Rosie the Riveter

One of the excellent offerings of the American Library in Paris, is the opportunity to join one or more bookclubs.  I tend to veer towards Mystery Book Clubs.  This year, I decided to challenge myself and joined a Book Club entitled “The Home Front during WWII: USA, France and Germany”.  Our first book was Freedom’s Forge by Arthur Herman.

The second half of the book centered on the Kaiser Shipyards in Richmond, California.  I found myself reading about my own backyard and a bit embarrassed not to already know this history.  When our Book Club leader, Philippe Melot, learned I had lived in Oakland, he asked if I had visited Rosie the Riveter Nat’l Historical Park.  I had to respond “No”.  I knew that a Rosie memorial statue had gone up a year before I moved to Paris and that was the beginning and end of my knowledge.

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Now I’m on my yearly trip to Oakland.  Yesterday I visited the museum/Nat’l Park.  The website opens with this: “An unusual urban national park, the Rosie the Riveter/WWII Home Front National Historical Park (RORI) is located on the waterfront in Richmond, CA. It is the flagship national park for telling stories of the home front efforts across the United States. Park sites you can visit include the Oil House Visitor Center, the Rosie the Riveter Memorial, the historic Ford Assembly plant, Maritime Childcare Center, and more. Visit us and learn!”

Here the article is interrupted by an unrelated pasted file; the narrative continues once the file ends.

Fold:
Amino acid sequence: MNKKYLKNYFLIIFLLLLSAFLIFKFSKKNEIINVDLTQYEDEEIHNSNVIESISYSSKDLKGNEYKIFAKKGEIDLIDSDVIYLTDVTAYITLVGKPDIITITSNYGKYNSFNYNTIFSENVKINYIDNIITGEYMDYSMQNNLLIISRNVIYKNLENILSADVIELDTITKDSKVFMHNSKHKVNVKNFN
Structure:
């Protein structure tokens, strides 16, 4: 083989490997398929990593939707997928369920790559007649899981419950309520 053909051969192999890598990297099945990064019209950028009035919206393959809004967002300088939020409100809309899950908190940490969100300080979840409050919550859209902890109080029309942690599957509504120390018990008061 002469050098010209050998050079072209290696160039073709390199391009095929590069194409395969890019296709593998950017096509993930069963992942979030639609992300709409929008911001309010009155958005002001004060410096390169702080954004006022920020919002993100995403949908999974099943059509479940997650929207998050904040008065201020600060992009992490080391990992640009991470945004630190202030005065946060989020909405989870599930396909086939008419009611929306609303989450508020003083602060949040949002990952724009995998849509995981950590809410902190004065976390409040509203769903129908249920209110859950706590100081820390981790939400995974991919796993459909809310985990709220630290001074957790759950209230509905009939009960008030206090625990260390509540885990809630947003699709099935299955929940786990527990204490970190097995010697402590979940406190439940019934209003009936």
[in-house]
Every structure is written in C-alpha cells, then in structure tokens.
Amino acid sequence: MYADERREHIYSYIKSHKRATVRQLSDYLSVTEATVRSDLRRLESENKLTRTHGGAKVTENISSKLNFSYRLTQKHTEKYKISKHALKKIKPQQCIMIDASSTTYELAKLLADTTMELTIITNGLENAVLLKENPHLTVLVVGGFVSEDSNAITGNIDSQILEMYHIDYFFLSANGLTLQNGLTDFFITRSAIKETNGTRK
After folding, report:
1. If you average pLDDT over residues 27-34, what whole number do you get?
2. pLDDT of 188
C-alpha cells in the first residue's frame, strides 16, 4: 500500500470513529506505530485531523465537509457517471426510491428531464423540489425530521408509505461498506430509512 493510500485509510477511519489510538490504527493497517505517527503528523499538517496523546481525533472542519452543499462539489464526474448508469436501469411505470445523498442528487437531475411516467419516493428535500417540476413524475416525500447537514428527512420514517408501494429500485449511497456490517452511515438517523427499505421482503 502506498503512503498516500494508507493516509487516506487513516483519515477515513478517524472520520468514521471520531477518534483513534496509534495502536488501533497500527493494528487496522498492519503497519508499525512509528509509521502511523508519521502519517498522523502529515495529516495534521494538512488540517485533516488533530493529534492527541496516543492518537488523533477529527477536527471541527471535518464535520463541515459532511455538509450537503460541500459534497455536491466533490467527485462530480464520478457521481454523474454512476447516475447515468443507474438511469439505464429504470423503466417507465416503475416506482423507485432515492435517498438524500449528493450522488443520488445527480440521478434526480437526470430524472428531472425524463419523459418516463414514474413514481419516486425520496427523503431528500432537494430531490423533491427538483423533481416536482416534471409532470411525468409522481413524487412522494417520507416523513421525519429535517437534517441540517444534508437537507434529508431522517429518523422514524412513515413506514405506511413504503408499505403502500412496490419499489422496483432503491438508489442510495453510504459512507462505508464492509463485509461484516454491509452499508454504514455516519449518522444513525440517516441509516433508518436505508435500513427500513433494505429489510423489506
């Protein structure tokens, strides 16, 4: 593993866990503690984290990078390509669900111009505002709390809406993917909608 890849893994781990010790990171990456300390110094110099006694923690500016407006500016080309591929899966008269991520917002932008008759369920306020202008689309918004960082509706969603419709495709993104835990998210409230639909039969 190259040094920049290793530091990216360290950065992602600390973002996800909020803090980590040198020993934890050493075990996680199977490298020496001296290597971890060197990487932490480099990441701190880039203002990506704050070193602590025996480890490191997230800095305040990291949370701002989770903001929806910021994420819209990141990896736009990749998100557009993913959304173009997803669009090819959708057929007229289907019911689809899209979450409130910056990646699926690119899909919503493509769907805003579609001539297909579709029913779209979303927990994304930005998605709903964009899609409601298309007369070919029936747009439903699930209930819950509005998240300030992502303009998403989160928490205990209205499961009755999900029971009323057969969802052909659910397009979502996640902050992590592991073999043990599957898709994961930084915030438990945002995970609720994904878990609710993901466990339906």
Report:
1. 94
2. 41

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And it took a Frenchman to tell me what an extraordinary museum was less than 15 miles from me!!  He also advised that I look at the website and go when some of the Rosies were there so I could hear their stories.  I chose an afternoon talk by Betty Soskin.  The website said she is so popular that one should arrive an hour early to ensure a seat.  Now 96 years of age, Betty was a young African-American during WWII.  She became a Park Ranger at 85 years of age.  Some people just never stop grabbing opportunities as they pass!!!

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Betty Soskin talking to us Nov. 4, 2017

After I arrived and got my seating ticket, I was shown the theatre room where Betty would talk.  Movies were playing.  I saw one entitled Blossoms and Thorns that told the history of the Japanese-Americans who were sent to camps.  The fear and hate that drove that decision is a lesson we have not learned.  We are doing the exact same thing only the country and religion has changed.  What I find most amazing is that I/we did not learn about these events in High School history classes.  I knew about Mr. Kaiser and was fairly sure that the Kaiser Permanente Health Care plan had something to do with him.  Now I learn that he was the first employer to make sure that men, women and children were insured when they worked for him.  The city of Richmond grew from 23,000 inhabitants to 130, 000 people when the shipyards were working.  Maybe not every adult worked for him but the majority did.